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Publication numberUS4176615 A
Publication typeGrant
Application numberUS 05/853,291
Publication dateDec 4, 1979
Filing dateNov 21, 1977
Priority dateNov 21, 1977
Publication number05853291, 853291, US 4176615 A, US 4176615A, US-A-4176615, US4176615 A, US4176615A
InventorsWilliam R. Reid, John Vitale
Original AssigneeAmtel, Inc.
Export CitationBiBTeX, EndNote, RefMan
External Links: USPTO, USPTO Assignment, Espacenet
Mooring attachment for single point mooring terminals
US 4176615 A
Abstract
A mooring attachment for substantially permanently connecting a buoy and a storage-process vessel, wherein the mooring attachment is of smaller weight but as great a level of reliability as prior art attachments. The attachment includes a mooring arm having opposite ends coupled respectively to the buoy and vessel in pivot joints that hold them a distance apart but without restraining the vessel against yaw movement, and a pair of stop devices on either side of the mooring arm for preventing extreme yawing of the vessel. The stop devices can be formed by a pair of chains, each chain extending from an opposite side of the vessel to the buoy end of the arm, and each chain extending in a loose catenary when the vessel is in a center position but being pulled tight when the vessel yaws by a predetermined angle which is more than 10, to prevent jackknifing of the vessel.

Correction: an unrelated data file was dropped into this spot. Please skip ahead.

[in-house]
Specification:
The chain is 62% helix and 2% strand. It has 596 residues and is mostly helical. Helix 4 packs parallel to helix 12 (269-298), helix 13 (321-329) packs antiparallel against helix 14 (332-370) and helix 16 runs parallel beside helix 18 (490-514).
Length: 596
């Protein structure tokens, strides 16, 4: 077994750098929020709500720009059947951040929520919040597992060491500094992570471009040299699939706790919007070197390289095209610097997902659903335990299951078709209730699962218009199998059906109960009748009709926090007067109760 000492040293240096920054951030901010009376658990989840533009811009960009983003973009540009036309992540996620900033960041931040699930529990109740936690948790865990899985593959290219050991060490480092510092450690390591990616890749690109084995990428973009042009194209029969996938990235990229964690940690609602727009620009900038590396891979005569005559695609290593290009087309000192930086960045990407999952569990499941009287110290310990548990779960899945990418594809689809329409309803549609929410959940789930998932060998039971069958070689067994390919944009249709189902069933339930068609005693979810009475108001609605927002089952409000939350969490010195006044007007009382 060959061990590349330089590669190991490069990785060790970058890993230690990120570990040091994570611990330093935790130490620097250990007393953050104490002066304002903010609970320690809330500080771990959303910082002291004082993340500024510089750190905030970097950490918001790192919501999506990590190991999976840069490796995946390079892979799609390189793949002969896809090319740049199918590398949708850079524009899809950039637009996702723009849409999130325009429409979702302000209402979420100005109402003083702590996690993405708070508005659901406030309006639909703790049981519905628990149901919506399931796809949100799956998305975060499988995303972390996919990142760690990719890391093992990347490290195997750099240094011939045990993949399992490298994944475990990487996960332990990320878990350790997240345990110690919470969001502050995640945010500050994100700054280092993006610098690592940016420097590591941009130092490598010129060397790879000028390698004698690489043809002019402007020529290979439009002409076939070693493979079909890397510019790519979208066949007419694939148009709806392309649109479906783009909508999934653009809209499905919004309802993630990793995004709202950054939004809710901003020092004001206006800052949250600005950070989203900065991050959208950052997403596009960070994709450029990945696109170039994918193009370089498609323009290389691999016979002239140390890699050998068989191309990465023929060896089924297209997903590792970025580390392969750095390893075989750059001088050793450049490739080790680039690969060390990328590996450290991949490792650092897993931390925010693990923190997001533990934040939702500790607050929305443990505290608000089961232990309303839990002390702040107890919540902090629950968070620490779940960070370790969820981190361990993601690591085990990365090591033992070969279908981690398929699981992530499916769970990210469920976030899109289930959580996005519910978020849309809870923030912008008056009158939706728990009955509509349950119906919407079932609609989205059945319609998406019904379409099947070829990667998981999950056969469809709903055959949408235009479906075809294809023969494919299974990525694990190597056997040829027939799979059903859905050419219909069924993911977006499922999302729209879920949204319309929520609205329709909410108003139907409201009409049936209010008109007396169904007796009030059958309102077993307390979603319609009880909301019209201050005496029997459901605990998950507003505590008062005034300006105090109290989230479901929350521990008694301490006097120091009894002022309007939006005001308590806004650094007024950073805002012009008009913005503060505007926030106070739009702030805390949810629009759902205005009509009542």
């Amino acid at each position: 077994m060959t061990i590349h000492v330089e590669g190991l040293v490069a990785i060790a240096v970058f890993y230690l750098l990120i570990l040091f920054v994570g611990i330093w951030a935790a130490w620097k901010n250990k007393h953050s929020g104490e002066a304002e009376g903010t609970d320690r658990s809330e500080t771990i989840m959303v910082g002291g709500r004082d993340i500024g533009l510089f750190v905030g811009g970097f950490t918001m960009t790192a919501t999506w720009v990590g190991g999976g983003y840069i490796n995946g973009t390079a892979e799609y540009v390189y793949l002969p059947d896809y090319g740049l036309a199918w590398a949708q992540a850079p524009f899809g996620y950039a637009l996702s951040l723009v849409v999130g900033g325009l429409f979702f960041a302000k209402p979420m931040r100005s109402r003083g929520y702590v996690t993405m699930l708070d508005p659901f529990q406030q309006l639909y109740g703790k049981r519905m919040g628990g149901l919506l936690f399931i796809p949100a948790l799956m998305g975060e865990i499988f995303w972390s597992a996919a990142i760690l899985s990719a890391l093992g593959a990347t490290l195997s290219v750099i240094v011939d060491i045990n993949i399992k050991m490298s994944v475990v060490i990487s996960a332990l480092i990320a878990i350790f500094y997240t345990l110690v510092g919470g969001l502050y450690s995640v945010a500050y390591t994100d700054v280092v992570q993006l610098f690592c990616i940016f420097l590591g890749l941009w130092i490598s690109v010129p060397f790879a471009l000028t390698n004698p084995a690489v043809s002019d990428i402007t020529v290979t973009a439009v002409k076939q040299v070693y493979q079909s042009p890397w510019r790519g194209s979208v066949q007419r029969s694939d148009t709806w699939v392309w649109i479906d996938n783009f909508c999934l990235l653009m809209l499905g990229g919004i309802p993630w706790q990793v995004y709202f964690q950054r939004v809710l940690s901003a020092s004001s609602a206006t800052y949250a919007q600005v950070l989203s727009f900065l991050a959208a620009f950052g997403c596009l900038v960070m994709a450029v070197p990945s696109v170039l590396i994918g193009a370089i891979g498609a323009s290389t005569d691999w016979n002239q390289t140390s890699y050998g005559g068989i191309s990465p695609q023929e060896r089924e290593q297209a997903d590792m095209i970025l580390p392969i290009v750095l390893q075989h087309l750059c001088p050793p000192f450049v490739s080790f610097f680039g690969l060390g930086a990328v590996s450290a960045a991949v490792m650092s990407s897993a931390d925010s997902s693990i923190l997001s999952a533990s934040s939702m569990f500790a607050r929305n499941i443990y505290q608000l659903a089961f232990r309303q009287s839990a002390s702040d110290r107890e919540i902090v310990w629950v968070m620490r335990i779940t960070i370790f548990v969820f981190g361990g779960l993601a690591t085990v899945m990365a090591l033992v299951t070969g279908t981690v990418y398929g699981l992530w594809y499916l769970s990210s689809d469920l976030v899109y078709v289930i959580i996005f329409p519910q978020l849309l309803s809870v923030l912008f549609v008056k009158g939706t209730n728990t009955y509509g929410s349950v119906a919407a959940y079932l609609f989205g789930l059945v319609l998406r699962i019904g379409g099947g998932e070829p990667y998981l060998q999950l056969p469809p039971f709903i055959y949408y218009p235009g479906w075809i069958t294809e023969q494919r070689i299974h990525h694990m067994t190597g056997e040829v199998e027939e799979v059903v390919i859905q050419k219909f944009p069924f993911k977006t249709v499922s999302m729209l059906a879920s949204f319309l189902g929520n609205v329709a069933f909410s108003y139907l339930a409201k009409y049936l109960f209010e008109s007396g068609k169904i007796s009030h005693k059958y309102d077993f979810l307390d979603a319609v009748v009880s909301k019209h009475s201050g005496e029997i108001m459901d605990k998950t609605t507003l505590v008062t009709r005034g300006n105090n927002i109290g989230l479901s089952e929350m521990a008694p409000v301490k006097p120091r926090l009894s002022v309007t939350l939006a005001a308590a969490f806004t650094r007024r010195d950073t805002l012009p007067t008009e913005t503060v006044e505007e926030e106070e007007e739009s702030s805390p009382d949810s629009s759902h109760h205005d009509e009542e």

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Claims(6)
What is claimed is:
1. A mooring attachment for substantially permanently connecting a buoy and a vessel that has an end portion comprising: